Opinion: I am re-reading the book Sowing The Mustard Seed, the autobiography of President Yoweri Museveni, for a multimodal project I am working on. On page 73 under the sub-title Fighting Amin (1972-6), Museveni tells of an incident during his exile and struggles (based) in Tanzania when he was arrested by Tanzania People’s Defence Forces (TPDF) personnel . His transgression was that he had (obstinately) sneaked to Murongo area close to the border with Uganda to keep tabs on what was happening in Amin’s Uganda.
That was problematic enough to land him in trouble due to the fact that at the time the Mogadishu Accord had been signed by which Tanzania was mandated to recognize the Amin regime and to cease all support to subversive forces acting on its soil among whom 28-year old Museveni was prominent. This state of affairs had been occasioned by the botched September (1972) attack on Mbarara and Masaka by pro-Obote and FRONASA fighters; an invasion which went awfully wrong, leaving participants and their backers licking their wounds.
So, Museveni, very unwilling to give up the fight decided to continue underground activities and it’s on one such occasion that he fell afoul with the Tanzanians. I reproduce what he wrote about the incident as follows;-
“On one trip I made to Murongo shortly afterwards in an attempt to discover what was happening inside Uganda, I was arrested by the TPDF. I spent the night having water poured on me, after which I was badly beaten by a whole platoon commanded by someone called Kiswaga.
The Tanzanian army also had its origins in a colonial set-up, and that is how they punish people. They strip the victim to the waist and throw cold water on him. This is a kind of torture, for being half-naked the person becomes very cold.
All this happened in spite of the fact that I was travelling in a vehicle provided by the Bukoba Regional Security Officer. All the colonial armies in Africa were brutal, although only a few went to the extremes of Amin’s soldiers. Instead of interrogating somebody to detect inconsistencies in his statements, or locking him up in jail, they beat him up and tortured him, and learnt no information of any value.”
Why is this excerpt worth resurrecting? It relates directly with current affairs and the specter of fear and retrogression posed by reports that acts of torture in Uganda are more widespread than previously thought and in direct contrast to the beliefs of the head-of-state. Note that the commander-in-chief of TPDF at the time was President Julius Nyerere, a man whose sainthood is in the works.
Museveni describes the people who made life difficult for him at that time as “reactionaries” and, given his permanent admiration for the late Nyerere, must believe that the latter never sanctioned such schemes as torture.
This is a view that can be extended to the present situation to expose who is responsible for the gruesome acts that have come to be associated with Nalufeenya, a detention centre in Jinja, but which can happen anywhere where “reactionaries” are in charge; these are highly incompetent persons- criminally-minded, irresponsible and only interested in exhibiting personal authority and access to the martial code.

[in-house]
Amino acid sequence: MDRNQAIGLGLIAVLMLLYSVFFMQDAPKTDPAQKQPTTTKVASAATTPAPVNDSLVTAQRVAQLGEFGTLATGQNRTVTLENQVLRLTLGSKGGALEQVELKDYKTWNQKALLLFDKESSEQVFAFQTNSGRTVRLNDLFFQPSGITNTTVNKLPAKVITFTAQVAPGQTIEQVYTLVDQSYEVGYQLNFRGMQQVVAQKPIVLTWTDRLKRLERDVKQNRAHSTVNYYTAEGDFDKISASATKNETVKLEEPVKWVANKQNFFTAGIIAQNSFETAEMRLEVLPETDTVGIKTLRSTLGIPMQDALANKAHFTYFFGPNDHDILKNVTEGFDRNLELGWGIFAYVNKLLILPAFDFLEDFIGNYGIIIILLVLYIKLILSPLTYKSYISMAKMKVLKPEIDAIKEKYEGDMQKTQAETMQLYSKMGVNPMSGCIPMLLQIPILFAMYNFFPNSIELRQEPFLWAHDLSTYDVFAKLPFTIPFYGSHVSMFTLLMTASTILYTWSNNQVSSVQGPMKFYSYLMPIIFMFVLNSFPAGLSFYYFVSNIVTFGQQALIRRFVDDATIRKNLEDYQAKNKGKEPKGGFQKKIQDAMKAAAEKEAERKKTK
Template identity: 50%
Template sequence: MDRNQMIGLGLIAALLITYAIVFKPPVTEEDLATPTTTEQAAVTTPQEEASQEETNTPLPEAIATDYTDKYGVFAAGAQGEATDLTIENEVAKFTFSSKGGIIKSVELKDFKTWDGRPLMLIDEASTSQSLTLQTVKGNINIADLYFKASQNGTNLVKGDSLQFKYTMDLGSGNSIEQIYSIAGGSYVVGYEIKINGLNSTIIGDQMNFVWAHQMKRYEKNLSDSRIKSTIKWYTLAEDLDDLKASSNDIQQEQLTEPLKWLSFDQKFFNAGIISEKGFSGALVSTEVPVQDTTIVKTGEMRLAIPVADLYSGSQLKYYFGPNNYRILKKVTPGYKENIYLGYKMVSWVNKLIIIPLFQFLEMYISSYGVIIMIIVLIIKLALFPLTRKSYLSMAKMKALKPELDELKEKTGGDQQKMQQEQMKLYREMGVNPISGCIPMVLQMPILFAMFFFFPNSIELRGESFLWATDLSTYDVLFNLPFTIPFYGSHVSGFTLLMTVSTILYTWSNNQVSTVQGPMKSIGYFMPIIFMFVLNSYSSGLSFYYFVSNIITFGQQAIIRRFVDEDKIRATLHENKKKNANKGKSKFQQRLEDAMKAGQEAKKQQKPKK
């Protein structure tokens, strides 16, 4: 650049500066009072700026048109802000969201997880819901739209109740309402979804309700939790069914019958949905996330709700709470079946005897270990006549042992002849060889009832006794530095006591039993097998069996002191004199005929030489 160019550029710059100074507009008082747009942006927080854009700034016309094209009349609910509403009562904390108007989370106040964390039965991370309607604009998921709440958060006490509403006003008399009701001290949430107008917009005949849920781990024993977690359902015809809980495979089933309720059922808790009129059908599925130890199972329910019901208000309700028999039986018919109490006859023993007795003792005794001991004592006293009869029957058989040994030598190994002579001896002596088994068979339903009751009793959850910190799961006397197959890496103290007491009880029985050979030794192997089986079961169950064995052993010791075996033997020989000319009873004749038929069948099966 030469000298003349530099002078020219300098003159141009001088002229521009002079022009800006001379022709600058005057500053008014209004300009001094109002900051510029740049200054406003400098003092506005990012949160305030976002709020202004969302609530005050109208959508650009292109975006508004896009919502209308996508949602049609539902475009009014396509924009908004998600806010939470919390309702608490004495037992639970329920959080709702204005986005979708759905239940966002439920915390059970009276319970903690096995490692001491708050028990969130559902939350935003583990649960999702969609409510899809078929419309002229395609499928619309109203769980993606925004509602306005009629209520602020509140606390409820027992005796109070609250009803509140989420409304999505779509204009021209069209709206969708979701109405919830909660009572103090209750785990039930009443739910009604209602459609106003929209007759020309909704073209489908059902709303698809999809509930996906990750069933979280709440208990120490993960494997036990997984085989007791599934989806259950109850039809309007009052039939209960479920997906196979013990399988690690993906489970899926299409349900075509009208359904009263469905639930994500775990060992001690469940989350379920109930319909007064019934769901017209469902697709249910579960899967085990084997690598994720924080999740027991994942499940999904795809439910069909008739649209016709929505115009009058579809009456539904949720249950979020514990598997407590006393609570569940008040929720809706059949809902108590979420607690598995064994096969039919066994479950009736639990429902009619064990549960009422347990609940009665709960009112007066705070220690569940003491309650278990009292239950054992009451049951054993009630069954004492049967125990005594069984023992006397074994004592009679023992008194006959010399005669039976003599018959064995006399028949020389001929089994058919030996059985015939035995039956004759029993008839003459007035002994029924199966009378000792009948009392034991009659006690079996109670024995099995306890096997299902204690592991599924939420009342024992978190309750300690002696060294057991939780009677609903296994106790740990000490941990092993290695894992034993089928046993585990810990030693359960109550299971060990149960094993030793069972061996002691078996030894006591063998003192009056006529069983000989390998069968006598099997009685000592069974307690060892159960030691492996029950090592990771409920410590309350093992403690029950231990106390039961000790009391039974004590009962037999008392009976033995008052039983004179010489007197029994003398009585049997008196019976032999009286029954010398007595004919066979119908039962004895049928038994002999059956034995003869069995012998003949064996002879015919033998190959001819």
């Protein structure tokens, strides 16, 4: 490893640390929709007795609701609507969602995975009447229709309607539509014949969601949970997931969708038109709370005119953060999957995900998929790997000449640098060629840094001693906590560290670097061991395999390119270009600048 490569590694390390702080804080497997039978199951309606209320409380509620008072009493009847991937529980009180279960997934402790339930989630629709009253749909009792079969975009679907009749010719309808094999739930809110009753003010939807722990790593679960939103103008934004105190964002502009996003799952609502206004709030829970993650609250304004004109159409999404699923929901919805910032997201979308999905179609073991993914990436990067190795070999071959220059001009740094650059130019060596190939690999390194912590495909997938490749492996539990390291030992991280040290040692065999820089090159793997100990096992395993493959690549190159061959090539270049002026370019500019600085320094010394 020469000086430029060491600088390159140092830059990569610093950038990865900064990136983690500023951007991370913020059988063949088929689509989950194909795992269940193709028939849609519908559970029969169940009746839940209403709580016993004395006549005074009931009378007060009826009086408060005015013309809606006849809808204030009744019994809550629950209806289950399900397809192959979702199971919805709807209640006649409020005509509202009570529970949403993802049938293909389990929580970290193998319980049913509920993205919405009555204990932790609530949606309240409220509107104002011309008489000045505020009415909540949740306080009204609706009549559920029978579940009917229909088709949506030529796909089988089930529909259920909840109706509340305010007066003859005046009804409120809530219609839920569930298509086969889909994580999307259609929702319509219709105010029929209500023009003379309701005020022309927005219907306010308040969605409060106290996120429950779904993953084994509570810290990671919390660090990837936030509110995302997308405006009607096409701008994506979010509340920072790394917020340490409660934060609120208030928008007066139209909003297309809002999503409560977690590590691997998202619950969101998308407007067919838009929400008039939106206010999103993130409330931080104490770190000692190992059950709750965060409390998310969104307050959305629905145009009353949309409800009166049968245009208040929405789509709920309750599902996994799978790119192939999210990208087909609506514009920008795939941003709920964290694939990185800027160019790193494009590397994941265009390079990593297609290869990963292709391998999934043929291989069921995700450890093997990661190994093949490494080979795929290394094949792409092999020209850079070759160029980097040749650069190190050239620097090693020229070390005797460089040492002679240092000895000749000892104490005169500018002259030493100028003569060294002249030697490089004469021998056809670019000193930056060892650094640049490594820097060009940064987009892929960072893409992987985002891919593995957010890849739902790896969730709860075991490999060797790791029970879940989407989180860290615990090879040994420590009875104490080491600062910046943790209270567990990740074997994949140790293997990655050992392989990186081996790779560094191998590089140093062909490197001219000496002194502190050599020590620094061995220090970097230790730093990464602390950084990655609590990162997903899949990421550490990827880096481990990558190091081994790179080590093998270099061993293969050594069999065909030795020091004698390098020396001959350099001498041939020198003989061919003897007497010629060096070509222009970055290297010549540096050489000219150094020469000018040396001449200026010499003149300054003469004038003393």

Applying grievous physical agony to squeeze confessions out of suspects is admission of failure to apply scientific methods to strike a chord with a subject and to get them to co-operate for greater good. Rather than exert pain, better results would derive from enticing them.
Still, the best is for investigators to employ hi-tech tools capable of tapping the mind of a suspect to get the truth-something like digital sensors attached to one’s head to detect their thoughts and reactions to questioning, if not tracing where they have been; or in the absence of these advanced methods, at least participating in designing them-most inventions come from within the military industrial complex.
But “reactionaries” can only wait for the white man to take care of this, too, and not try to do something progressive for once! When the “Nalufeenya” reports surfaced, Museveni wrote an open letter to security agencies warning them against the use of torture (to extract confessions from suspects), reasoning that the practice is “unnecessary, wrong and has possible mistakes that may interfere with the fight against crime.”
So, what the President thinks today is consistent with what he thought back in 1972 when the TPDF gave him “V.I.P treatment”-in Amin parlance-(or 1996, when the book was first published). To combat against any ill, the presence of the goodwill of the President- and in this case a former victim himself- makes matters easier.
One measure that should come into force immediately is to establish an anti-torture helpline and desk-affiliated to the Presidency-where any member of the public can report abuse they have seen or suffered. The problem deserves mainstream and institutional attention.